Second, it takes much longer for a country to rise than to fall. When we look at the 20 risers and 20 fallers (in the next two sections) there are lessons to draw, despite the countries in each group looking very different from one another using traditional labels. Amongst both risers and fallers there is a mix of developed and developing countries, from different regions, in different shapes and sizes in terms of total population and GDP. Nonetheless, there is a clear asymmetry of slowly-up and quickly-down. Long term risers like Georgia and Sri Lanka can trace the start of their steady rise to the end of Soviet control 27 years ago and the end of civil war nine years ago, respectively. Once the Safety and Security and Personal Freedom of citizens rose to a certain point, good things tended to follow with an improving Business Environment and a strengthening of the institutions of state over time, a virtuous circle of improvement across all the pillars. While it takes time to build or rebuild a country and climb the ladder of prosperity, fallers fall fast, and hard. One of the most well-known examples is Venezuela, which has fallen dramatically as a result of autocratic rule and economic mismanagement.

Third, the starkest difference between the risers and the fallers is their Safety and Security score. The risers began, and finished, with Safety and Security as their best pillar. The fallers began with weaker Safety and Security and then fell much further. On average, fallers saw a decline across 10 out of 11 indicators in this pillar. Given the large numbers of fallers that are in, or near, conflict zones around the world, it is unsurprising that basic elements of national security, measured by indicators such as numbers of terrorist deaths or civilians killed in conflict, have deteriorated. This has impacted on people’s basic security of living conditions and personal safety. Many more people are also reporting a lack of food and shelter than 10 years ago in falling countries. Safety and Security is an essential component of prosperity. We explore this dynamic to explain the reasons behind the biggest risers and fallers this year.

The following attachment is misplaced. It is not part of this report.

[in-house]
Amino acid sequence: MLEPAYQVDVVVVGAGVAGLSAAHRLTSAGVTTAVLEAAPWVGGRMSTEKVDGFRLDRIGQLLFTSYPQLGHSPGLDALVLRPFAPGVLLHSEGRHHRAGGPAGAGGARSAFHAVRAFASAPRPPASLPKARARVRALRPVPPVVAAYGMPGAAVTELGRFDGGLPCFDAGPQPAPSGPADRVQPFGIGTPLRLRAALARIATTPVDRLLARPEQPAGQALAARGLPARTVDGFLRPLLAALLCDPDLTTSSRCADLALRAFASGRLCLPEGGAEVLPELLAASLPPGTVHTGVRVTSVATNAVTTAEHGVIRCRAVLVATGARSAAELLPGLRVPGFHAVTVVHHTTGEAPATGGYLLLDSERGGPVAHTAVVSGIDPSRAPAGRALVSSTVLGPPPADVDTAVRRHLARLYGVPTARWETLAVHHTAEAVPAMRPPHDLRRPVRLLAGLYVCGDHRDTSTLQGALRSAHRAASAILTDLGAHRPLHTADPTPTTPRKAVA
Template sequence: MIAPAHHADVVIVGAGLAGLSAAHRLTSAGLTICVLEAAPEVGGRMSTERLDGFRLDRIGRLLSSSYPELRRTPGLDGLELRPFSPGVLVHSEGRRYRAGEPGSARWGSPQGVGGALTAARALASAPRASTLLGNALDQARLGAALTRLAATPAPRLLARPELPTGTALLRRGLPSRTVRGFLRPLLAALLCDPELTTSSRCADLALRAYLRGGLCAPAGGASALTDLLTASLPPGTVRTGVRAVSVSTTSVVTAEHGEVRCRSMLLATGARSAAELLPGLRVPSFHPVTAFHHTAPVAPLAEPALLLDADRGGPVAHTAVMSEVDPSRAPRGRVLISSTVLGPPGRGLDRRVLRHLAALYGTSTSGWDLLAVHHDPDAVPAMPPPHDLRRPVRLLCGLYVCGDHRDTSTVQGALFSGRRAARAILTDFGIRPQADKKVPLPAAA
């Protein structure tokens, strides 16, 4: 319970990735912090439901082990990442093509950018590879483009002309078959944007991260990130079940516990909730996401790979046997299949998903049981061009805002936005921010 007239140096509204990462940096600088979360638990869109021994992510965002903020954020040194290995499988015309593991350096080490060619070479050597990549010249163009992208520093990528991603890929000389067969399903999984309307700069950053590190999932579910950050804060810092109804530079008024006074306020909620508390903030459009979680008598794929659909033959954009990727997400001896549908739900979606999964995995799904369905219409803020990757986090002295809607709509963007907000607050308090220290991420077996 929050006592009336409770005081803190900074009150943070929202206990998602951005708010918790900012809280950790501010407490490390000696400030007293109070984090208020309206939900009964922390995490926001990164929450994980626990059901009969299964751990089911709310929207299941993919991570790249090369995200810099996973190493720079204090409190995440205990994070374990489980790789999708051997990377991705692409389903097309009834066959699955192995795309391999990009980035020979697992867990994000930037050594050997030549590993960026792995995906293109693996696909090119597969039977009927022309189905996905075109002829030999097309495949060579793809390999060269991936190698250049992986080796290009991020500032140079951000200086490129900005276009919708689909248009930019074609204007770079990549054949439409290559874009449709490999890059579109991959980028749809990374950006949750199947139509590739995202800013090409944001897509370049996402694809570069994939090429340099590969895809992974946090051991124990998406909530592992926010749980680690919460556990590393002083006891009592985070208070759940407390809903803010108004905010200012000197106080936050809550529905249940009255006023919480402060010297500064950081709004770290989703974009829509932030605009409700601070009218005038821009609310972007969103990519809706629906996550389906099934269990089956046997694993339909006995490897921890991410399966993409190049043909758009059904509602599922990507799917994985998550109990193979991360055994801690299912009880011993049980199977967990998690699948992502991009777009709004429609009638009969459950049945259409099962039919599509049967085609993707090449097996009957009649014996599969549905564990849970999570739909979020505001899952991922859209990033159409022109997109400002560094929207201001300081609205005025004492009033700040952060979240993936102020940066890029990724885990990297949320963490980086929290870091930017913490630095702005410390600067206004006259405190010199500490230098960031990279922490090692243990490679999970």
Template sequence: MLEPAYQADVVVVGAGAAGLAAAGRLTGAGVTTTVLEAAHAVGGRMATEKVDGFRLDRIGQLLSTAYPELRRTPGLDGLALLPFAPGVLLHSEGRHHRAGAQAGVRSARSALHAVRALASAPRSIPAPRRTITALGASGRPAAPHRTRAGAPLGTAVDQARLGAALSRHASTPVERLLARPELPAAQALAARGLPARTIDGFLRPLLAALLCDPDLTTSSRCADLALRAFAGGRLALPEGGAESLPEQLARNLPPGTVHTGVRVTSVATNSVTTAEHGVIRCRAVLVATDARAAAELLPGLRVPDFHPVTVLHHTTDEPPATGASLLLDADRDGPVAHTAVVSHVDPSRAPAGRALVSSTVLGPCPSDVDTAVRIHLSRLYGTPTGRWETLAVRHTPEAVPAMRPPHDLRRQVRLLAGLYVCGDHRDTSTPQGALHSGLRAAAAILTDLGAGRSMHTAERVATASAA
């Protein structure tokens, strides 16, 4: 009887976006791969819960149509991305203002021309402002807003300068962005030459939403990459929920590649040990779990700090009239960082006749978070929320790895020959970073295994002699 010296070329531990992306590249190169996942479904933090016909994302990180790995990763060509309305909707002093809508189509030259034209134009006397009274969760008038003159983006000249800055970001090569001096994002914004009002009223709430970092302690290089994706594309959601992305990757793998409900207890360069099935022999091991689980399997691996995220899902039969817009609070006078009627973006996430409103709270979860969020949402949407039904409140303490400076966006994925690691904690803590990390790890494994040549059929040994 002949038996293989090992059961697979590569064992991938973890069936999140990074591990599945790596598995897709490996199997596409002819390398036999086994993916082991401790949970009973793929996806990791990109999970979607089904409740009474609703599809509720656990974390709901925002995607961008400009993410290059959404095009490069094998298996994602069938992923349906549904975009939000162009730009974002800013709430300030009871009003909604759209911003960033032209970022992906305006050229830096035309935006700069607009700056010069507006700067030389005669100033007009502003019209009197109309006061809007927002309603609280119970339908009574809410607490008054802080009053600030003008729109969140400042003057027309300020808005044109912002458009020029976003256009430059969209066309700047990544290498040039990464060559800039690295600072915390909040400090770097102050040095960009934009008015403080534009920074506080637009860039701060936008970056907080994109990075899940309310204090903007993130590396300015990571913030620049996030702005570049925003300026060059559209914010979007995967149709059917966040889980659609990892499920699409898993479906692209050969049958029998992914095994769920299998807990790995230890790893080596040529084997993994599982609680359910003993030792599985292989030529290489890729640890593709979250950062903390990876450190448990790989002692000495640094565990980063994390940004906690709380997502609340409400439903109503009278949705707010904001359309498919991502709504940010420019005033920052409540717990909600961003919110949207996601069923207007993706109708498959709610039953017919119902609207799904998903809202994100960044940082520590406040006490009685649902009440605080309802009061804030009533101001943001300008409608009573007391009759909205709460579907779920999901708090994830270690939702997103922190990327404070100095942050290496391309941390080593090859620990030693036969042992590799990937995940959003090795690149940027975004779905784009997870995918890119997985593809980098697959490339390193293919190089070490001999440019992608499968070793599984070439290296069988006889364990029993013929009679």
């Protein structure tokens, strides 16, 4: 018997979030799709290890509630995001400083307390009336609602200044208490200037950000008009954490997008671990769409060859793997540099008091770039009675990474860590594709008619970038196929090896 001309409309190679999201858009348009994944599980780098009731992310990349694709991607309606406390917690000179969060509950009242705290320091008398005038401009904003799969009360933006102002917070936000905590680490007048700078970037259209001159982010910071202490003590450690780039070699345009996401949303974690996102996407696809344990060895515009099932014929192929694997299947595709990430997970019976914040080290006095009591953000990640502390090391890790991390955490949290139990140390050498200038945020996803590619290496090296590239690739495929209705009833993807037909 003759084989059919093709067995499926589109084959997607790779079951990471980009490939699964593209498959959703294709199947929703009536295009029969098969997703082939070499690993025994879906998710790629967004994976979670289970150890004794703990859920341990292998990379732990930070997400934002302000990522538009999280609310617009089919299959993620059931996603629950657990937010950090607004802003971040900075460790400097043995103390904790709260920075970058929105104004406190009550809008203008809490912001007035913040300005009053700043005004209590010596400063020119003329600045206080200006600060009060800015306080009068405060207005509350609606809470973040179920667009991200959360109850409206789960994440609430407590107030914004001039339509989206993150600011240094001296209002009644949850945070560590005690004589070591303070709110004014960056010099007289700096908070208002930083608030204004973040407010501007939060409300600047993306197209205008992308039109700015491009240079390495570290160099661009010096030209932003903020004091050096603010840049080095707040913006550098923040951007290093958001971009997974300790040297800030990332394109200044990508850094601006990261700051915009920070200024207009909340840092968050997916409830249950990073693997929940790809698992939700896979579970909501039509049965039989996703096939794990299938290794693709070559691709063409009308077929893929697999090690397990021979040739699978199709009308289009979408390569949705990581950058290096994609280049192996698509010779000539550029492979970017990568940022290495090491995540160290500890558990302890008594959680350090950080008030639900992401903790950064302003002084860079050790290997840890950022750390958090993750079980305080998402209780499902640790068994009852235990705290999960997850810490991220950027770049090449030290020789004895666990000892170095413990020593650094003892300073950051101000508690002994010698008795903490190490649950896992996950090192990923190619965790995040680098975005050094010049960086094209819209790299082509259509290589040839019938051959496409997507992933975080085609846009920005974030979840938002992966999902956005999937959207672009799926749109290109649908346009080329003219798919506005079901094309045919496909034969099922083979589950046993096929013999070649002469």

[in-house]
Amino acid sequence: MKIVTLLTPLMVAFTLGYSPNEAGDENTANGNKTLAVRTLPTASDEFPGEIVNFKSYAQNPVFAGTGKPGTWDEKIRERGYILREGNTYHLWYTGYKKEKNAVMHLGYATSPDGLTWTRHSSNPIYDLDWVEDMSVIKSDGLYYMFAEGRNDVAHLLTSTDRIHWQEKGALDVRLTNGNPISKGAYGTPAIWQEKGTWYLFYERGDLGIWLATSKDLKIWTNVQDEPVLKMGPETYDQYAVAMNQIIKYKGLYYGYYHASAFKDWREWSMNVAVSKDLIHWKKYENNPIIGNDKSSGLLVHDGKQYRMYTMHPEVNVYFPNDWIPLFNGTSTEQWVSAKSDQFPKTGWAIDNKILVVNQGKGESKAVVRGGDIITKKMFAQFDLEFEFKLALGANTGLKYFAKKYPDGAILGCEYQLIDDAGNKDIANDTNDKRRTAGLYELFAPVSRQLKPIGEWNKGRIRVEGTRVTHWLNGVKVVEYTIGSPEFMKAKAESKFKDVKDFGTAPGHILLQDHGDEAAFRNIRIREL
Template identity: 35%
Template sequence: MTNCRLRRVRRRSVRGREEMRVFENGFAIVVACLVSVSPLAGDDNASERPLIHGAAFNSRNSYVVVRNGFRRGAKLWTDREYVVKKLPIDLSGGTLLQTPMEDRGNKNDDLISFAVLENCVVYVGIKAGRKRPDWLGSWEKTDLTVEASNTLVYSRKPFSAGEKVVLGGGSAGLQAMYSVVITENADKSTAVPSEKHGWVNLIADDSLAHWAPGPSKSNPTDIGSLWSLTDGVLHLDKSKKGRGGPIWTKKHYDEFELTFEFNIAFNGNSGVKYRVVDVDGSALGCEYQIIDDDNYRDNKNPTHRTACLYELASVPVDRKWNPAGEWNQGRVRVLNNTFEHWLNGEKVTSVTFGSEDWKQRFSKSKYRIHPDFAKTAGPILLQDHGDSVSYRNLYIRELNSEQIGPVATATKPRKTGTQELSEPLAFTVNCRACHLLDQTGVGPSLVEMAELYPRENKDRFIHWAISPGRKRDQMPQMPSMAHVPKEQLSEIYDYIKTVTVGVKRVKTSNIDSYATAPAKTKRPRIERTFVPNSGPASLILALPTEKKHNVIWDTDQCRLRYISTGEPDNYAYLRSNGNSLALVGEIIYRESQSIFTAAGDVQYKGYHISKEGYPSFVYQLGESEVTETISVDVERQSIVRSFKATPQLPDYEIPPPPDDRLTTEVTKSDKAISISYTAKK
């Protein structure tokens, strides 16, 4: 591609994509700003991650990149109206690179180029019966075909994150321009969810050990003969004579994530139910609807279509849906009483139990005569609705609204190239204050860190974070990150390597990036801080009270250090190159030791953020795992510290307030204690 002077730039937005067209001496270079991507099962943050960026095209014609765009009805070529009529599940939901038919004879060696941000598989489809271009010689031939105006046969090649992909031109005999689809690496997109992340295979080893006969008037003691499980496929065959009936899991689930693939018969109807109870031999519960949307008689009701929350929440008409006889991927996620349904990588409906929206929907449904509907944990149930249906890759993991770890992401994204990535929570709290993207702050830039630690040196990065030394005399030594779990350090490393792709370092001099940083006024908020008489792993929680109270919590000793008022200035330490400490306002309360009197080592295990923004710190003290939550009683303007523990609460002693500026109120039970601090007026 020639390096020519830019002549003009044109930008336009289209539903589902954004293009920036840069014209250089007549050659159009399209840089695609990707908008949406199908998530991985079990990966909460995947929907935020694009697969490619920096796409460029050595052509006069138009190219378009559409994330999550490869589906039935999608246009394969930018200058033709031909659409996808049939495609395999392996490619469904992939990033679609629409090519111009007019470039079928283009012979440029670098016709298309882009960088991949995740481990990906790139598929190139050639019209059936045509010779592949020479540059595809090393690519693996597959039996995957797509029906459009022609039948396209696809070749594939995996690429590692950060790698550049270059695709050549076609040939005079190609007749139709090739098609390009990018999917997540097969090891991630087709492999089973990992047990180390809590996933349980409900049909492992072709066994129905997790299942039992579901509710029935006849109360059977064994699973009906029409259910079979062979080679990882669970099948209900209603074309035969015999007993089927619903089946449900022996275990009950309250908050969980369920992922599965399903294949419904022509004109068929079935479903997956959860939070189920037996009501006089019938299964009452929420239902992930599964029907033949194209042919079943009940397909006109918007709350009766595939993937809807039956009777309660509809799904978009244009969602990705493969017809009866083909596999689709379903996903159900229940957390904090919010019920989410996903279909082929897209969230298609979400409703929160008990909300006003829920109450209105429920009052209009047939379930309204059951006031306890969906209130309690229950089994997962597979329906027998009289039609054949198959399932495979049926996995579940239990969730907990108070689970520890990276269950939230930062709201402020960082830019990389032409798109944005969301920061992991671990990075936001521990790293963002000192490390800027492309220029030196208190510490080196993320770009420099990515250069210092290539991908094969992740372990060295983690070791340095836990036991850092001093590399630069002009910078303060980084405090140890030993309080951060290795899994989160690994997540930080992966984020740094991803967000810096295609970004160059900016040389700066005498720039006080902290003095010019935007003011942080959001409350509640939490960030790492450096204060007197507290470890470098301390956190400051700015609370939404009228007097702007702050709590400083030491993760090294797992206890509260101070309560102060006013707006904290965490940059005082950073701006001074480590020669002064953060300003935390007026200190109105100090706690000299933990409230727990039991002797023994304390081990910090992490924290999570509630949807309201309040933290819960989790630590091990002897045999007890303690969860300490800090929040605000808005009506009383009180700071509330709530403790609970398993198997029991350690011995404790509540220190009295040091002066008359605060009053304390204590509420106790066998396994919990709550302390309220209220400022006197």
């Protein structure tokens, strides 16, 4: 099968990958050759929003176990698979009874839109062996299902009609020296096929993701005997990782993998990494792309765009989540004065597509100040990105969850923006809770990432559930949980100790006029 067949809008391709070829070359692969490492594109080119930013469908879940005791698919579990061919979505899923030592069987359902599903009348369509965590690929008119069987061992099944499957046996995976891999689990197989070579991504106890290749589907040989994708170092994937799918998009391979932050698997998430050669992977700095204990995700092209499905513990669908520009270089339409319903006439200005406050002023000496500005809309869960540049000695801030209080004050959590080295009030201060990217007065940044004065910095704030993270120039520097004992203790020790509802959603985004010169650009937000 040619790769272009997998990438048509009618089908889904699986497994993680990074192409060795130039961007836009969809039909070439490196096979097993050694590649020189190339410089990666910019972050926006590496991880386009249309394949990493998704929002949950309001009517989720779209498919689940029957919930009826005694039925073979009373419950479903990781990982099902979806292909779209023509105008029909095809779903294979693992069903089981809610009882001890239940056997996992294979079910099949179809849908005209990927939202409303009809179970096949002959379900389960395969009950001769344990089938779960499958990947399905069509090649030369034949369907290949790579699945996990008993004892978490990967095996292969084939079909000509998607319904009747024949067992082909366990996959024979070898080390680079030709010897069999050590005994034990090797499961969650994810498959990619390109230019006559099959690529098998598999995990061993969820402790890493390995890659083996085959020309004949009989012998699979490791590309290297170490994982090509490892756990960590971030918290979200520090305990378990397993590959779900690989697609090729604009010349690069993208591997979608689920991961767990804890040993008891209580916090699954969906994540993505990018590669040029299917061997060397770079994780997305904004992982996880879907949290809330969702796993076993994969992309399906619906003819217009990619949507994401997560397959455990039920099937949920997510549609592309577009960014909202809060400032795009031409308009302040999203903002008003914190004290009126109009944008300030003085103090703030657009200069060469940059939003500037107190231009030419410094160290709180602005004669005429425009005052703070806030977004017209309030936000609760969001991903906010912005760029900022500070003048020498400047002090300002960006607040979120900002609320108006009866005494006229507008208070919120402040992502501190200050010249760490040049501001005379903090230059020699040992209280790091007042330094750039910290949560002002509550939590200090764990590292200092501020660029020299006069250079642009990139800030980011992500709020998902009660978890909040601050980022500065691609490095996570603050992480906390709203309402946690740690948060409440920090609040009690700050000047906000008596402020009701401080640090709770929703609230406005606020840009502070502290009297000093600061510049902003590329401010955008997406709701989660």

Learn more about the risers.

Learn more about the fallers.

Prosperity growth predicts growth in wellbeing

Our analysis shows that a rise in prosperity is a much better predictor of a rise in wellbeing than a rise in GDP per capita. The two graphs display progress in two different ways. In the first graph, we take the top 20 risers and 20 fallers in prosperity and graph the average of their prosperity score over time. There is clear correlation with improving prosperity and improving wellbeing, and a clear correlation that falling prosperity leads to falling wellbeing. In the second graph we take the top 20 risers and top 20 fallers in real per capita GDP growth. While falling GDP per capita is correlated with a fall in wellbeing, rising GDP per capita is not correlated with a rise in wellbeing.

Wellbeing is based on the Cantril scale, a widespread method of measuring wellbeing through surveys. It is collected by Gallup.